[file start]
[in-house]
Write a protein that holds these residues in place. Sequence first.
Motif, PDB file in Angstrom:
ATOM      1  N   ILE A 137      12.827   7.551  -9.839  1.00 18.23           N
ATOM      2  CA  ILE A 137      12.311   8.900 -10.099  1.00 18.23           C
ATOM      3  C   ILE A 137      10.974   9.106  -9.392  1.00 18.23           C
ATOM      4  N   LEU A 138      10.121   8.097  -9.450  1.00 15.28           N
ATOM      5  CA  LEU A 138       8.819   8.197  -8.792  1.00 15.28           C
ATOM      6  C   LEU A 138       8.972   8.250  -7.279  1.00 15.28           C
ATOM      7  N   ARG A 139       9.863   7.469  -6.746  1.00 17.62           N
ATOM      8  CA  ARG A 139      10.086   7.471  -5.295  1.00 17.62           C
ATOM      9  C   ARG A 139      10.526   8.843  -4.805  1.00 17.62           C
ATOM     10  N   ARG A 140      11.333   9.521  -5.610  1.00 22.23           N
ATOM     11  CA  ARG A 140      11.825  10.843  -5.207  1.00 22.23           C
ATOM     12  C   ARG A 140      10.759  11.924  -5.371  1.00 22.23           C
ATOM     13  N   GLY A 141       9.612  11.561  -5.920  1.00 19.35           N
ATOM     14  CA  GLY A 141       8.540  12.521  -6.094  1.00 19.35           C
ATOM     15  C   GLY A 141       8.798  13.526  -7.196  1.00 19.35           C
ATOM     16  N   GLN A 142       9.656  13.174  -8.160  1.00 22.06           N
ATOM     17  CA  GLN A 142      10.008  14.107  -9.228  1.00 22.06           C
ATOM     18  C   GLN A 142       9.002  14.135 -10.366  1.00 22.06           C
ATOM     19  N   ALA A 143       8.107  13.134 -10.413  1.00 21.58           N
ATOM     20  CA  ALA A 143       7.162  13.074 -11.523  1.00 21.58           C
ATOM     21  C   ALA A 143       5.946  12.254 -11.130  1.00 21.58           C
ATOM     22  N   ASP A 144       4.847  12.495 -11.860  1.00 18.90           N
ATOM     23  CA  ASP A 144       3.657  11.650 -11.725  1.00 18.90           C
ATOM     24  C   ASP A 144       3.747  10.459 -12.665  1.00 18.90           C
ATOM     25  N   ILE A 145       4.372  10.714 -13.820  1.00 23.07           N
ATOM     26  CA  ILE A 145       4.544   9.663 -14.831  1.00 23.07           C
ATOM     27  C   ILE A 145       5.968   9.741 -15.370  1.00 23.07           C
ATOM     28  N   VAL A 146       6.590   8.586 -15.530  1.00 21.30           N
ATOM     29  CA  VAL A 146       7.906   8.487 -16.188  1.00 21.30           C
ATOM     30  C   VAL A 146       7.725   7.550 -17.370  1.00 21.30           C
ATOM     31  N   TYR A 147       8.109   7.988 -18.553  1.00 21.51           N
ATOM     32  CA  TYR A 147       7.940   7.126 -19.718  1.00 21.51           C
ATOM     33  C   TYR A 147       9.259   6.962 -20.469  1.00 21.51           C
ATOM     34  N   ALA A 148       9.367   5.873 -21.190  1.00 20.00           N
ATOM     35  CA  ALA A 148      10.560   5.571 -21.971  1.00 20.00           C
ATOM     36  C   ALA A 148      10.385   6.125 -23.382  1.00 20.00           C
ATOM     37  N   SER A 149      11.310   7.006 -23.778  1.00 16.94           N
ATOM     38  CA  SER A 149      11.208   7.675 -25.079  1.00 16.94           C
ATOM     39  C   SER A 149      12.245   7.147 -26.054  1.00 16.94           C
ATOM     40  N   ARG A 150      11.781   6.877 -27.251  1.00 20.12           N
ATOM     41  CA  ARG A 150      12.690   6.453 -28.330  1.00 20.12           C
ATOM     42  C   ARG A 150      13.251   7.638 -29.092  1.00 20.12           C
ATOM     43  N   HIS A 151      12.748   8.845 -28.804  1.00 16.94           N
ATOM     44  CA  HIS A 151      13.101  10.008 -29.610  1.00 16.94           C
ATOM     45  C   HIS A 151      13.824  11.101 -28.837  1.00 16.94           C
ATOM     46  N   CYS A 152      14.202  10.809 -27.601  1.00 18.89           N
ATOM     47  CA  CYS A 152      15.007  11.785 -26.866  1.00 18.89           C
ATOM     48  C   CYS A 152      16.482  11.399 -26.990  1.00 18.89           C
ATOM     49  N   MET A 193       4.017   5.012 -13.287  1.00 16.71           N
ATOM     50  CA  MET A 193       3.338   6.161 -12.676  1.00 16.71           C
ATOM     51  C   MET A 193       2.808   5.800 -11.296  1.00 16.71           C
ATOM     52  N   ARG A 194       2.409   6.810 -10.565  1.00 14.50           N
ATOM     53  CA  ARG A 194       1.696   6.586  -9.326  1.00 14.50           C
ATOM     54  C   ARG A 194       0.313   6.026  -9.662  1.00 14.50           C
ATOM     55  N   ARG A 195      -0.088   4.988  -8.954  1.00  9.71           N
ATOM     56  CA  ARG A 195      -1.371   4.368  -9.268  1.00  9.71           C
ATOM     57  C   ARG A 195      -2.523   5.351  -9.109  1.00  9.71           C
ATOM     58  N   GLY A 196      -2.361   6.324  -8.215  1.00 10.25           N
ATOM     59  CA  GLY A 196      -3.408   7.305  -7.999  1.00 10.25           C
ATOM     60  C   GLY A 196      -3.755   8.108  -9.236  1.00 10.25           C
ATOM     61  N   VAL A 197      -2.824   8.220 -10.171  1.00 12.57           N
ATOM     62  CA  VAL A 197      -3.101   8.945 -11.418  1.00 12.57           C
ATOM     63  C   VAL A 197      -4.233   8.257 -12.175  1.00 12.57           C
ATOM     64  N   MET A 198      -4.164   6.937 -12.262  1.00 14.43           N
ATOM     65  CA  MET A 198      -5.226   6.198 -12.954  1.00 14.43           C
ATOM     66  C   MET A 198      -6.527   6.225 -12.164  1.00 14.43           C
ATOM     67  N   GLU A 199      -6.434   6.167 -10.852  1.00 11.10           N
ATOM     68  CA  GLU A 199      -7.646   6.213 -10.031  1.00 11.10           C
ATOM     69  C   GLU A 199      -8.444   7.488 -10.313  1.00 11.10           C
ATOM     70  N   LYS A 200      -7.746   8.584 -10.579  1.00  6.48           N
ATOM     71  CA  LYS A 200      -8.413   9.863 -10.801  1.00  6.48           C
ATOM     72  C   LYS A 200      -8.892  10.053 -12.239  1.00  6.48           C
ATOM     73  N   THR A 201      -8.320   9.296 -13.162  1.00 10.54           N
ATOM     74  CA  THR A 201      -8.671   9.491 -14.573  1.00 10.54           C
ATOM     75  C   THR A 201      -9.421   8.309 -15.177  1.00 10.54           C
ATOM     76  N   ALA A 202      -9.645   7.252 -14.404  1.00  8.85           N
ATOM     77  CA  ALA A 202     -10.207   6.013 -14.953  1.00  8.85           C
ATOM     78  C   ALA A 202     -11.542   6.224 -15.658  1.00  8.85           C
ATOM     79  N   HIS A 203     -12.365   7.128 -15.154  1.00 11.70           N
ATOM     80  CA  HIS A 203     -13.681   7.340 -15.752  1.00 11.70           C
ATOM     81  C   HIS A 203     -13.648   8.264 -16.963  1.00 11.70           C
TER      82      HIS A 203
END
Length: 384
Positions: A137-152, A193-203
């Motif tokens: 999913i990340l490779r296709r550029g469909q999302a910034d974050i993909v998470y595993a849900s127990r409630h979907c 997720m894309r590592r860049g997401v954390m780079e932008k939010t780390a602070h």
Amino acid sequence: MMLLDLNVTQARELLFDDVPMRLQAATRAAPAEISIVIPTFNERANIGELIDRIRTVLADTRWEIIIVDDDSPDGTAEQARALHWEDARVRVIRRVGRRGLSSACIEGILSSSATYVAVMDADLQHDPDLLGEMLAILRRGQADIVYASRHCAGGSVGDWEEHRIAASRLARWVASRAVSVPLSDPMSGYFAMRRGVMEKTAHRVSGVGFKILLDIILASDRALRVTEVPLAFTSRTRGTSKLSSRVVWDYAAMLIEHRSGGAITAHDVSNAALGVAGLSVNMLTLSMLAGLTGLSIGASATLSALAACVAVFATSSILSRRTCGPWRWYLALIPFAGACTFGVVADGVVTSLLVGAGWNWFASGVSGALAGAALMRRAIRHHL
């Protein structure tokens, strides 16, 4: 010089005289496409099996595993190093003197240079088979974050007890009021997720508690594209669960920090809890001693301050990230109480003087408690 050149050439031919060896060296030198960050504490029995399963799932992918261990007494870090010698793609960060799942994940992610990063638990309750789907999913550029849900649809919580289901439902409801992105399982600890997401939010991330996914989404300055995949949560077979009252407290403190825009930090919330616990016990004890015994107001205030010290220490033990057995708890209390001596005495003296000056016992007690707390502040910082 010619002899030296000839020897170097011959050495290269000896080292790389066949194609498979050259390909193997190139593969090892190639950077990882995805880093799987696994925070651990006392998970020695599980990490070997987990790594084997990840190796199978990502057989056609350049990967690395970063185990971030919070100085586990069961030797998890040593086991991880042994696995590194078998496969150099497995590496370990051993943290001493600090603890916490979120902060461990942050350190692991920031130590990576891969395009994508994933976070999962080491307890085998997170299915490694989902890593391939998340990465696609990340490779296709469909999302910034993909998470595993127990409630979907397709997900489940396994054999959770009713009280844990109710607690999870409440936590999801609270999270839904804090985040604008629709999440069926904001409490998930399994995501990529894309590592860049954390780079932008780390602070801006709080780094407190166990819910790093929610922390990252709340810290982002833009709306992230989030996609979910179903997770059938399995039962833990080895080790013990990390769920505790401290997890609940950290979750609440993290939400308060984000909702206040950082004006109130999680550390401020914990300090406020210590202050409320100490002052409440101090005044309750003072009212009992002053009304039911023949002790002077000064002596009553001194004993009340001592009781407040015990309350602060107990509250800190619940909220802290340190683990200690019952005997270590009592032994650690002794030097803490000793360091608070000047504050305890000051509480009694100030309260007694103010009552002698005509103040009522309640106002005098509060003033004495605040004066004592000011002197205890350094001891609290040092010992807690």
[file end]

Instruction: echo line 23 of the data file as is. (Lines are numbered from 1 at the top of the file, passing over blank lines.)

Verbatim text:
ATOM     20  CA  ALA A 143       7.162  13.074 -11.523  1.00 21.58           C